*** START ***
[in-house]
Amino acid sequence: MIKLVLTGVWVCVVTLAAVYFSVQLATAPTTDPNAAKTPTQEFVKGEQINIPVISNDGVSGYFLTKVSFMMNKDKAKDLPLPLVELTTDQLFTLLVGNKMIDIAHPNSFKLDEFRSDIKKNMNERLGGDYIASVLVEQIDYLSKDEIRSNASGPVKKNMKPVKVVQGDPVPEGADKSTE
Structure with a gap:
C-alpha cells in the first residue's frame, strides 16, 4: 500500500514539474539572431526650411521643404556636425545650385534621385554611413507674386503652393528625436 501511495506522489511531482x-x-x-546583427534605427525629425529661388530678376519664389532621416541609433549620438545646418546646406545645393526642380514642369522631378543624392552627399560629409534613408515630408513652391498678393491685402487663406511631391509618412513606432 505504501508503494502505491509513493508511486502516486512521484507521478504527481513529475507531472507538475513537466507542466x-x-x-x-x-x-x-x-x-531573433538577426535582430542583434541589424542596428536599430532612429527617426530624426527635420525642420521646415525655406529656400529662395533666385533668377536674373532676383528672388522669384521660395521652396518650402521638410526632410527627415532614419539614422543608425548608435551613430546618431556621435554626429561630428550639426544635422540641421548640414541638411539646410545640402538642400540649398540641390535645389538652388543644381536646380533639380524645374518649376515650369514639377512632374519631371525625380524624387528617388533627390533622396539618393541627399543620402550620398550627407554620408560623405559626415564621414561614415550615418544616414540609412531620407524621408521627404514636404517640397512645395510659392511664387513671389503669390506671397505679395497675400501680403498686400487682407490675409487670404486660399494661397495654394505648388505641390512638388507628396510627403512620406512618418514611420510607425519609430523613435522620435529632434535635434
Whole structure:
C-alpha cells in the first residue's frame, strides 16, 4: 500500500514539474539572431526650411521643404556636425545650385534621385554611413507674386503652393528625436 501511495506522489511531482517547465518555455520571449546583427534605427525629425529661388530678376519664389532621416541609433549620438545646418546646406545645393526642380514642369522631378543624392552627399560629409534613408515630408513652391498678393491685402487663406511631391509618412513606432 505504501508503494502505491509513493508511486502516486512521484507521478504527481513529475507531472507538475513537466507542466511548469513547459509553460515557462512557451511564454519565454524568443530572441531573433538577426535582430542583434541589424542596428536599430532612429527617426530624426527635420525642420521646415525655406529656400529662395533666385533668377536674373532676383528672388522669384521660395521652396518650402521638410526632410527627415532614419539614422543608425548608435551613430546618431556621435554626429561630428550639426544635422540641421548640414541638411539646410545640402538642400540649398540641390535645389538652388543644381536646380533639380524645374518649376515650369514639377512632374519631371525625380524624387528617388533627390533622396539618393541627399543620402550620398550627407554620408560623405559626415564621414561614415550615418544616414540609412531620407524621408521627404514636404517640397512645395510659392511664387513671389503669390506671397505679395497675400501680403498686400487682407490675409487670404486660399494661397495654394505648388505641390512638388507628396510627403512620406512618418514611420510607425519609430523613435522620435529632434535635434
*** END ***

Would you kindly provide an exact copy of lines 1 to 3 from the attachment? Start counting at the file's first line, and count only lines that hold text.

[in-house]
Amino acid sequence: MIKLVLTGVWVCVVTLAAVYFSVQLATAPTTDPNAAKTPTQEFVKGEQINIPVISNDGVSGYFLTKVSFMMNKDKAKDLPLPLVELTTDQLFTLLVGNKMIDIAHPNSFKLDEFRSDIKKNMNERLGGDYIASVLVEQIDYLSKDEIRSNASGPVKKNMKPVKVVQGDPVPEGADKSTE
Structure with a gap: